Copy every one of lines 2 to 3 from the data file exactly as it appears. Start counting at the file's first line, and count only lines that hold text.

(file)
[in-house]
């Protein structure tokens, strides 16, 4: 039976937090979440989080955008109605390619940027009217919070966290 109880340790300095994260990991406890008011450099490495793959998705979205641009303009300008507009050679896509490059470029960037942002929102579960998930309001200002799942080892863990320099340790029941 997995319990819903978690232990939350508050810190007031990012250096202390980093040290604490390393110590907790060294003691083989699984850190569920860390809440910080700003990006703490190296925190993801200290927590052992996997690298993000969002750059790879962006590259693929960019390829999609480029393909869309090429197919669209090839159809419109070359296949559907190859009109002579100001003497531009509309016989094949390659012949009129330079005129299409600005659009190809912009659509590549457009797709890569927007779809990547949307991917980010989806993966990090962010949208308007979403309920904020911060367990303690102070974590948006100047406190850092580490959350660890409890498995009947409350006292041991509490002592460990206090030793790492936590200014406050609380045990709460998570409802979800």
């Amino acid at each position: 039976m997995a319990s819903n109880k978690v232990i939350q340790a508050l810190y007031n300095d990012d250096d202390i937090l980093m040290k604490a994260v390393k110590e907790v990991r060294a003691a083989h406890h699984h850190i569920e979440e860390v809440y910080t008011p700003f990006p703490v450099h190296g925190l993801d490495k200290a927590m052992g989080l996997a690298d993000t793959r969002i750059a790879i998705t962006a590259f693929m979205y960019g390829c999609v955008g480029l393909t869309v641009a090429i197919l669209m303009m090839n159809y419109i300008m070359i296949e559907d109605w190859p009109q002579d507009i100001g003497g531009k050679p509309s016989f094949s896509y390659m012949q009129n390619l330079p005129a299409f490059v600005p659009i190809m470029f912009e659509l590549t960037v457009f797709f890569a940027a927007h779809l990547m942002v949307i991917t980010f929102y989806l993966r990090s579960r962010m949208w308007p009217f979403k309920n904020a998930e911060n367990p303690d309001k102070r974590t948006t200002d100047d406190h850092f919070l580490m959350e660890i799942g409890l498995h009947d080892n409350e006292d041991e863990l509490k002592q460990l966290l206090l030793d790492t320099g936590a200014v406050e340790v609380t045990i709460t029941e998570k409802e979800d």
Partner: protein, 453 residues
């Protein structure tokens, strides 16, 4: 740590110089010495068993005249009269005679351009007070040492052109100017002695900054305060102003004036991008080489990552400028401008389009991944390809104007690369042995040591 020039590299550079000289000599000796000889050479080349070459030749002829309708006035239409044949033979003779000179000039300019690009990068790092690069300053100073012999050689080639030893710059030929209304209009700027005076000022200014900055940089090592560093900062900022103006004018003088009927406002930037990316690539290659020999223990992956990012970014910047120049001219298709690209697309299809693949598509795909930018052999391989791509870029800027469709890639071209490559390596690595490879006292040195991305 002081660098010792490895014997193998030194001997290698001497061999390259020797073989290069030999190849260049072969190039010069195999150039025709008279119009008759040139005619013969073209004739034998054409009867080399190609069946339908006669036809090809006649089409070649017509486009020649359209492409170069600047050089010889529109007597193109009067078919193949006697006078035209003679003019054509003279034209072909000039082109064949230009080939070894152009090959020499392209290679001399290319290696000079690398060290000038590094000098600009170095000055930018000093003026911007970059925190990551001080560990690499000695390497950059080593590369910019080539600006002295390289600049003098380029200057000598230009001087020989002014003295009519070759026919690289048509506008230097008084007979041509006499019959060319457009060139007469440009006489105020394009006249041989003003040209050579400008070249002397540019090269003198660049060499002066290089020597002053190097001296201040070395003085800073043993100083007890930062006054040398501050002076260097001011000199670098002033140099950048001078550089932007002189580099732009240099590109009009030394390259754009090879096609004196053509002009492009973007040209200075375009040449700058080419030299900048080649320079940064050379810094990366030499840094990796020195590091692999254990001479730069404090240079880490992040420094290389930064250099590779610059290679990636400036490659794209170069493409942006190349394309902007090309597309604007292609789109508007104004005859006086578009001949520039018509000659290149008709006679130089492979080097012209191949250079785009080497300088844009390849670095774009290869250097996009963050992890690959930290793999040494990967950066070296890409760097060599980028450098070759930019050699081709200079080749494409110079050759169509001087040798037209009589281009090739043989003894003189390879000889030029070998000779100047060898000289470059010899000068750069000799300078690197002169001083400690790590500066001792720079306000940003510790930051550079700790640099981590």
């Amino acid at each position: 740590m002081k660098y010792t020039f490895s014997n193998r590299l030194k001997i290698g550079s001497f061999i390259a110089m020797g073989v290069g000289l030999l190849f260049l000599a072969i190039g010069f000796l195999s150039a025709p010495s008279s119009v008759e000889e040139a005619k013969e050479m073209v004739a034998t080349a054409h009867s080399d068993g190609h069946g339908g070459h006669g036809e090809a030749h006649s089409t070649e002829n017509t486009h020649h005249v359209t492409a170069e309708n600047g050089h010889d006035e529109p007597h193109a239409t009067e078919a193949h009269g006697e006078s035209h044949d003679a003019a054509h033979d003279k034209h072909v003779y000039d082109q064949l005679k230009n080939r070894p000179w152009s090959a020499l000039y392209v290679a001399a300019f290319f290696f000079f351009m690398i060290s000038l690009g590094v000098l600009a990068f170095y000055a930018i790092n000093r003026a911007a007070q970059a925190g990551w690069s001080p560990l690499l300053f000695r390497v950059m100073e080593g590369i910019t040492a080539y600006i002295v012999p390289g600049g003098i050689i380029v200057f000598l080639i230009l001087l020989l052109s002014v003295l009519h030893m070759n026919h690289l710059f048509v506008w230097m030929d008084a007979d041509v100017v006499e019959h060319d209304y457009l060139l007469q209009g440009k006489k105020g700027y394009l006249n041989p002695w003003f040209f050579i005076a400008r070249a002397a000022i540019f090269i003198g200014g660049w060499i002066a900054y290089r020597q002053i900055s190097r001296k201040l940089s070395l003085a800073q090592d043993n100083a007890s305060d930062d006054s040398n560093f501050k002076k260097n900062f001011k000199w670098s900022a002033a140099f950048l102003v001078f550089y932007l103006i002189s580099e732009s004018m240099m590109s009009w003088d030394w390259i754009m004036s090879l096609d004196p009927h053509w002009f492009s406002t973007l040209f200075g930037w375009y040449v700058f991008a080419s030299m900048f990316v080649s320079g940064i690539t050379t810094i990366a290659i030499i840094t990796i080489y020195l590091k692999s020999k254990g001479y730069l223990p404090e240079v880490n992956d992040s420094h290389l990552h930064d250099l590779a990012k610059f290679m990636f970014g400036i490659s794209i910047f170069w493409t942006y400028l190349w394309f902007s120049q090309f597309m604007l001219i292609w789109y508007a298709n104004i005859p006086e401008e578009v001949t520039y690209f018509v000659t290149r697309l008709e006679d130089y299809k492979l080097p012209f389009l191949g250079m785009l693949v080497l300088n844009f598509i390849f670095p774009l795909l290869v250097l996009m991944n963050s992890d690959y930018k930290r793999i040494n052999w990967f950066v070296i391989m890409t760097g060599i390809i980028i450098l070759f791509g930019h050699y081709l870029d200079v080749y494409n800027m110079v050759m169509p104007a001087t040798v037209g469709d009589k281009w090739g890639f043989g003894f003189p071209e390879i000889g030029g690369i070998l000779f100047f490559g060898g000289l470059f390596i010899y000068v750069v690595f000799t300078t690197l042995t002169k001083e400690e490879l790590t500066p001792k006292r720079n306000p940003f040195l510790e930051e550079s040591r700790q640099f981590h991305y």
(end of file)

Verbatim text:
């Protein structure tokens, strides 16, 4: 039976937090979440989080955008109605390619940027009217919070966290 109880340790300095994260990991406890008011450099490495793959998705979205641009303009300008507009050679896509490059470029960037942002929102579960998930309001200002799942080892863990320099340790029941 997995319990819903978690232990939350508050810190007031990012250096202390980093040290604490390393110590907790060294003691083989699984850190569920860390809440910080700003990006703490190296925190993801200290927590052992996997690298993000969002750059790879962006590259693929960019390829999609480029393909869309090429197919669209090839159809419109070359296949559907190859009109002579100001003497531009509309016989094949390659012949009129330079005129299409600005659009190809912009659509590549457009797709890569927007779809990547949307991917980010989806993966990090962010949208308007979403309920904020911060367990303690102070974590948006100047406190850092580490959350660890409890498995009947409350006292041991509490002592460990206090030793790492936590200014406050609380045990709460998570409802979800």
């Amino acid at each position: 039976m997995a319990s819903n109880k978690v232990i939350q340790a508050l810190y007031n300095d990012d250096d202390i937090l980093m040290k604490a994260v390393k110590e907790v990991r060294a003691a083989h406890h699984h850190i569920e979440e860390v809440y910080t008011p700003f990006p703490v450099h190296g925190l993801d490495k200290a927590m052992g989080l996997a690298d993000t793959r969002i750059a790879i998705t962006a590259f693929m979205y960019g390829c999609v955008g480029l393909t869309v641009a090429i197919l669209m303009m090839n159809y419109i300008m070359i296949e559907d109605w190859p009109q002579d507009i100001g003497g531009k050679p509309s016989f094949s896509y390659m012949q009129n390619l330079p005129a299409f490059v600005p659009i190809m470029f912009e659509l590549t960037v457009f797709f890569a940027a927007h779809l990547m942002v949307i991917t980010f929102y989806l993966r990090s579960r962010m949208w308007p009217f979403k309920n904020a998930e911060n367990p303690d309001k102070r974590t948006t200002d100047d406190h850092f919070l580490m959350e660890i799942g409890l498995h009947d080892n409350e006292d041991e863990l509490k002592q460990l966290l206090l030793d790492t320099g936590a200014v406050e340790v609380t045990i709460t029941e998570k409802e979800d």